I climb up an unsteady pile of rocks just off the side of the road. Before me, hundreds of colours swirl, and voices fight to be heard. I change my lens and and bring my camera to my face snapping off a few quick bursts of photos, trying to capture the frenetic market scene in a still photograph. Unsatisfied, I look for a better vantage point and spot a small brick wall, fifty feet away and head for it. I attempt to hop up onto the wall, sweat from the humid desert air glues my new green shorts to my leg, (my girlfriend Salomeh had just purchased these for me with strict instructions not to wear them to work) and as I stretch to make the jump, the pen in my pocket bursts through, cutting a hole in my shorts. I hear the noise and look down at a three-inch gap exposing my pasty white thighs, and see the pen from a hotel, through the newly formed hole, mocking me. S**t…! I hear a giggle, and look behind the wall to see a young boy of about ten years old, sitting bare-assed and shitting, while pointing to the hole in my shorts and laughing…
A week ago I arrived in Jaipur (dubbed the Pink city), Rajasthan after a nearly two year absence. It was over three years ago that I arrived in Jaipur, having travelled overland from Mumbai, weary from the train journey but excited about my new adventure, The Dirty Wall Project. DWP was just three weeks old and I was wide-eyed, but excited at the prospect of helping. Previous to my initial trip to Jaipur, DWP had delivered food to hospital patients, given rations to a blind community, funded kidney dialysis for a patient in Mumbai, and handed out umbrellas for shade, to poor street vendors. I was fresh and naive, but wanted more . A friend of mine had told me about Vatsalya and I was eager to see their work first-hand. It was clear from the start that Vatsalya was one of the good guys in the NGO world and was truly helping. Over the next week or so, I visited their programs, donated some DWP funds, and helped set up a health clinic in a slum community in Jaipur. It was my first time being in a slum community and after two hours, I knew that’s where I wanted to work. I wanted to find a community where I could bring joy and a helping hand too. In the end, that community was 1200 km’s to the south in one of the biggest cities in the world, Mumbai.
Fast forward 3 years and DWP has become a recognized NGO in India, and has had the chance to help thousands of people. DWP has continued to stay in contact with Vatsalya (run by Jaimala & Hitesh Gupta) and over the last few years has joined with Vatsalya to work on several projects, including health camps and selling Vatsalya’s womens’ products in Canada. Just recently, Vatsalya opened up a school just off campus from the orphanage located just outside of Jaipur, and I was eager to visit and see what other new initiatives Vatsalya had started since my last visit.
Vatsalya is always busy and this time was no different. I spent the first few days being Vatsalya’s photographer, taking event photos at several of their vocational training graduations around Jaipur. I continued to lend a hand and used DWP’s photography to capture their new school, their programs and the new womens’ products, for use on their website and for fundraisers. During my time I also had several meetings with them, trying to get a handle on what DWP could do financially for their organization. DWP has been blessed with some very generous donations as of late and I wanted to help Vatsalya with some of their programs.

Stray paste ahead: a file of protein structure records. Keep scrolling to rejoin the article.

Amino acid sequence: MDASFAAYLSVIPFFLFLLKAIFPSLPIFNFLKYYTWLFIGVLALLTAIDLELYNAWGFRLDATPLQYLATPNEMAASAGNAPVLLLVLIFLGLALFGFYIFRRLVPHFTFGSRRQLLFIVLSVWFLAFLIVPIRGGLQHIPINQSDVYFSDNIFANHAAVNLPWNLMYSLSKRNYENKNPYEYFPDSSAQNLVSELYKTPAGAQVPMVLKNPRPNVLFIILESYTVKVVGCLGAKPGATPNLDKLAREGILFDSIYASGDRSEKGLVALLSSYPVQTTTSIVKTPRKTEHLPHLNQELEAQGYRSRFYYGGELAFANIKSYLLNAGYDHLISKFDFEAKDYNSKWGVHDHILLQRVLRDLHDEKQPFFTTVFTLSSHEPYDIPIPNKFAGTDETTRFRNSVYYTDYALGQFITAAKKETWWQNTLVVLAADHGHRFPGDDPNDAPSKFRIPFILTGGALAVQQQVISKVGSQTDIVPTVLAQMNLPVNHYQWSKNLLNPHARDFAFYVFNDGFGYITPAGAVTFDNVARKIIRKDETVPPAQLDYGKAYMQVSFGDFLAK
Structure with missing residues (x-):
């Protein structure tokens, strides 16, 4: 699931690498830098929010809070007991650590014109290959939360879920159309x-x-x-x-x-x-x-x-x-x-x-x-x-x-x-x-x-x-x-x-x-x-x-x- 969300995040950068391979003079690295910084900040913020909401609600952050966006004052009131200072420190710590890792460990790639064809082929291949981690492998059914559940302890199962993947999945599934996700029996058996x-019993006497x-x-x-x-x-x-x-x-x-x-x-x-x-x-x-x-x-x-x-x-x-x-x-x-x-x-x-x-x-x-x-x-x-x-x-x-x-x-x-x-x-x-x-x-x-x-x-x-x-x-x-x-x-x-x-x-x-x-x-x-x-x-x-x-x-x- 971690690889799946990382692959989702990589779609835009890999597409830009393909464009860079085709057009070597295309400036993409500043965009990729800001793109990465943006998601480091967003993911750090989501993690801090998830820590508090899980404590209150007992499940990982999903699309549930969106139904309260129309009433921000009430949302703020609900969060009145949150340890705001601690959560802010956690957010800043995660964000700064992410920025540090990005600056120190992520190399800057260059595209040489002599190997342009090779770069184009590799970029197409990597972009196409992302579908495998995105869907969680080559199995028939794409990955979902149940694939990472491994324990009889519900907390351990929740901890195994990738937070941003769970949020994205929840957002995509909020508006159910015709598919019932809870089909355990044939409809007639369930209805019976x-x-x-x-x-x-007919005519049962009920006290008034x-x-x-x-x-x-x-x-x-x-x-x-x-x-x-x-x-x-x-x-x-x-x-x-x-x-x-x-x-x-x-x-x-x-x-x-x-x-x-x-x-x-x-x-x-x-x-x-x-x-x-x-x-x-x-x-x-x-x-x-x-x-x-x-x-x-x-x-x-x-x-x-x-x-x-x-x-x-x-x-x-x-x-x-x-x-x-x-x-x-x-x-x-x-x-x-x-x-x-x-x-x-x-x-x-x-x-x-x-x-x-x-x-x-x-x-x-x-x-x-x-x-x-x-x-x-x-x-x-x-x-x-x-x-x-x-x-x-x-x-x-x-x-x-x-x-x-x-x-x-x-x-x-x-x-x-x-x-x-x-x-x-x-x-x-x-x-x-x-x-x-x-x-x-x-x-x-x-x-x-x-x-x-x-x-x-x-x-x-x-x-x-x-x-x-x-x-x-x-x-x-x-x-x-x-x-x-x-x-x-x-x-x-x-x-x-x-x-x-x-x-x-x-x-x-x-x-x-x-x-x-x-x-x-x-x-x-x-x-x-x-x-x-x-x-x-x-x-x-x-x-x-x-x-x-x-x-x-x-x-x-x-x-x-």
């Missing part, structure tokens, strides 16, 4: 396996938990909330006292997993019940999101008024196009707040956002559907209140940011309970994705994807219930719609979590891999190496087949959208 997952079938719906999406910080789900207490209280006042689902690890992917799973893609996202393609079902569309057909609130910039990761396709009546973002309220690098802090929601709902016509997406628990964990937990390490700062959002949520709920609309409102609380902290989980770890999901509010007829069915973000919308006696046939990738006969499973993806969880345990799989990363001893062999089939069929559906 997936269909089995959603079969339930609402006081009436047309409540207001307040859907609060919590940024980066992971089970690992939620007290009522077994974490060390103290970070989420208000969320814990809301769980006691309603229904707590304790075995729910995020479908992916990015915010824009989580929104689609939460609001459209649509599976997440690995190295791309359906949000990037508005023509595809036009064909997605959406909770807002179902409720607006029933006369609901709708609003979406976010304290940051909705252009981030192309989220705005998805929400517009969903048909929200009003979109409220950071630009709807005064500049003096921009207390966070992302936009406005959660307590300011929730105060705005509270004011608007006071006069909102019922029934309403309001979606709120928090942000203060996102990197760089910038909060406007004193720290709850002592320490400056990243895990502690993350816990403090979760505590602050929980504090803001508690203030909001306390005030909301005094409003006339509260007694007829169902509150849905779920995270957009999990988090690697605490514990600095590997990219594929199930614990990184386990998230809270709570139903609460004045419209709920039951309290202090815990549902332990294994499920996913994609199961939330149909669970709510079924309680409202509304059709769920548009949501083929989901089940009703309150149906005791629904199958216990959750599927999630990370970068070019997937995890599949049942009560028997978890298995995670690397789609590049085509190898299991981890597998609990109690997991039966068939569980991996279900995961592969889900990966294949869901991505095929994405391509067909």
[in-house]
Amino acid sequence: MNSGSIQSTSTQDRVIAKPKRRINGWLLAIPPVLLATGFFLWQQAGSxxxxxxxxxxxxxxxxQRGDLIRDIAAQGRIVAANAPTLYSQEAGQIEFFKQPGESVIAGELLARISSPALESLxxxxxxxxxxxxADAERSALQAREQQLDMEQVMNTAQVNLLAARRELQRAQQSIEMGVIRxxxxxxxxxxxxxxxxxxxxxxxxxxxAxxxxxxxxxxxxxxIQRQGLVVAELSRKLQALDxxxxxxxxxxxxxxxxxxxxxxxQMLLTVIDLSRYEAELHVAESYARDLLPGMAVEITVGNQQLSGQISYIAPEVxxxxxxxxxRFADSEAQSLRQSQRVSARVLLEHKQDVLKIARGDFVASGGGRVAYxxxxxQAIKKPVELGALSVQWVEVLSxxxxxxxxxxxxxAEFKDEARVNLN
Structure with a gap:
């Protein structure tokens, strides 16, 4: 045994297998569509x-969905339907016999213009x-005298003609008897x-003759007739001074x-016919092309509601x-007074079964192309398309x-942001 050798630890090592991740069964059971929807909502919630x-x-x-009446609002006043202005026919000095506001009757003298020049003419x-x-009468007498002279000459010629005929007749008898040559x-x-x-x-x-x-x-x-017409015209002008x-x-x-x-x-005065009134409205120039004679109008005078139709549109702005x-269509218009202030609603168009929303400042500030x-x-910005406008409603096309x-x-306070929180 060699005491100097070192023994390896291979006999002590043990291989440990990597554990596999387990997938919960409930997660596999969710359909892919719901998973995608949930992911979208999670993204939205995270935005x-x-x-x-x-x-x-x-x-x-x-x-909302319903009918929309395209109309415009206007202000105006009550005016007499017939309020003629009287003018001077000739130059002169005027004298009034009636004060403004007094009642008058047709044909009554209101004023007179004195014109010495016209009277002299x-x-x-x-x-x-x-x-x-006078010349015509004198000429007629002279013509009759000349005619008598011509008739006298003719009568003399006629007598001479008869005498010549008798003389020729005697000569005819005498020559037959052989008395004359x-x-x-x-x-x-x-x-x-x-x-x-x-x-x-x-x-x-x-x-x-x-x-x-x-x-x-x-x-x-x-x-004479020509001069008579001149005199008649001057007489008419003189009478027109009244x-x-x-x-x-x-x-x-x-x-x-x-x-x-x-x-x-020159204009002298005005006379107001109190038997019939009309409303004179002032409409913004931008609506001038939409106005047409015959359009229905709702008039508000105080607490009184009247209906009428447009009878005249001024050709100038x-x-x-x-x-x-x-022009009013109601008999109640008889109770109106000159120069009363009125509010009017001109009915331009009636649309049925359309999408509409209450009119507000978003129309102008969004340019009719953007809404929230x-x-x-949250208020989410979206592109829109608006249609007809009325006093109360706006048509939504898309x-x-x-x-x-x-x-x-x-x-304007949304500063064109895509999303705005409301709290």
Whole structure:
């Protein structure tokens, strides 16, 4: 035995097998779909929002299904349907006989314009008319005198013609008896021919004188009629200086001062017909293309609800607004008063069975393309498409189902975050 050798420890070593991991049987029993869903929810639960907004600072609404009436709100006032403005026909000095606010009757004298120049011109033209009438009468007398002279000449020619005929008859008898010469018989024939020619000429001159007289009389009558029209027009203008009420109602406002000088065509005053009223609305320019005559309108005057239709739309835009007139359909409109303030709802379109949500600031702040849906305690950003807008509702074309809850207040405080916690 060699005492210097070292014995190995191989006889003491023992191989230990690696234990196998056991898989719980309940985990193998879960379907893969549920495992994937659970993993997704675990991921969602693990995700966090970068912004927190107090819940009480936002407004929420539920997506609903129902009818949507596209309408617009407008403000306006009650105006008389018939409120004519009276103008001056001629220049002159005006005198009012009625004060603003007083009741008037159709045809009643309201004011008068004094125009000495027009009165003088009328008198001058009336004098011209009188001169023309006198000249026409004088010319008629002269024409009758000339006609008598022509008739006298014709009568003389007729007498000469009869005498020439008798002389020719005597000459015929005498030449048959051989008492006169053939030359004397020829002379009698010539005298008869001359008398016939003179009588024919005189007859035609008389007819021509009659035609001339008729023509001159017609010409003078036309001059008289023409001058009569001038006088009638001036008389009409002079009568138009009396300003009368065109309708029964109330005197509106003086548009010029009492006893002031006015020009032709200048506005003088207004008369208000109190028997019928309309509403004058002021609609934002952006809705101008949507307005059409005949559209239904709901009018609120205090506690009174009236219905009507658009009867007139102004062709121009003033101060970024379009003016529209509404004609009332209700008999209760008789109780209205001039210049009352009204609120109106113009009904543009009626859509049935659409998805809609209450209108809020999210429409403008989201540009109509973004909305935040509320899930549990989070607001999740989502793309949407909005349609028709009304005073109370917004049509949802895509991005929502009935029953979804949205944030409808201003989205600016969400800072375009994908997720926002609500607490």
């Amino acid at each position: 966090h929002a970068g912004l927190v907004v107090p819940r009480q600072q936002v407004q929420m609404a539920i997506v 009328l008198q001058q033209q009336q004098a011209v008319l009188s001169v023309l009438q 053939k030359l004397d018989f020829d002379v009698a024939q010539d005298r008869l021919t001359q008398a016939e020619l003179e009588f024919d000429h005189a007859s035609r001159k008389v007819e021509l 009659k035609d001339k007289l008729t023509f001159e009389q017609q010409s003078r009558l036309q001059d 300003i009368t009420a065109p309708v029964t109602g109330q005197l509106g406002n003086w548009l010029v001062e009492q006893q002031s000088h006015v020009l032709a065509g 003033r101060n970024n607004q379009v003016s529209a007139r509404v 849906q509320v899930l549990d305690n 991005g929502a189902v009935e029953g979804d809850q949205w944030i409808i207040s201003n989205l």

One of the main problems I have encountered during my time raising funds for DWP and watching other organizations battle for funds, is that certain stuff is easier to raise funds for and some things are damn near impossible. Everyone wants to have their money go towards the building of a school or the sponsorship of a child, but funding the repair work for a fence or a teacher’s salary is not quite as “sexy” to be a part of. It’s understandable, but also a difficulty for all NGO’s trying to keep their programs running with the high cost of maintenance and upkeep. DWP has raised money on the mandate “to see a need and fill it” and it requires a great amount of trust from our donors. Supporters donate funds to DWP not for a specific cause, but with the knowledge that I am on the ground, in the thick of a situation, witnessing things first-hand, and making decisions that we all hope will have the greatest benefit and reach.
After a week visiting and photographing Vatsalya’s work, I crunched some numbers and worked out what I believe to be a generous donation to Vatsalya from DWP. Like all honest NGO’s, Vatsalya was interested in knowing what I hoped the money would be used for. I replied that the reason DWP was donating at all was because I trusted their work and integrity and that they know best as to where their funds are needed. They spoke to me about repairs around the school and orphanage and parts for their tractor to which I’m excited to be able to help with. There are a million things that go on to keep an amazing NGO like Vatsalya running and I am humbled that DWP’s supporters and friends have put me in a position to fund the small things that will keep Vatsalya looking good and creating possibilities for children across Rajasthan.
*DWP donated 80,000 INR – $1600 CAD to help Vatslaya make repairs to their school and orphanage grounds.
*DWP also sold 20,000 INR – $400 CAD worth of Anoothi products in Canada on behalf of Vatsalya.
To read about some of the projects DWP has worked on with Vatsalya check out the links below:
To learn more about their work in Jaipur check out:
Kane Ryananoothi, charity, Dirty Wall Project, donate, DWP, education, fundraise, fundraising, hitesh gupta, India, jaimala, jaimala gupta, jaipur, Kane Ryan, Mumbai, non-profit, orphanage, Photography, rajasthan, school, slum, uduyan, vatsalya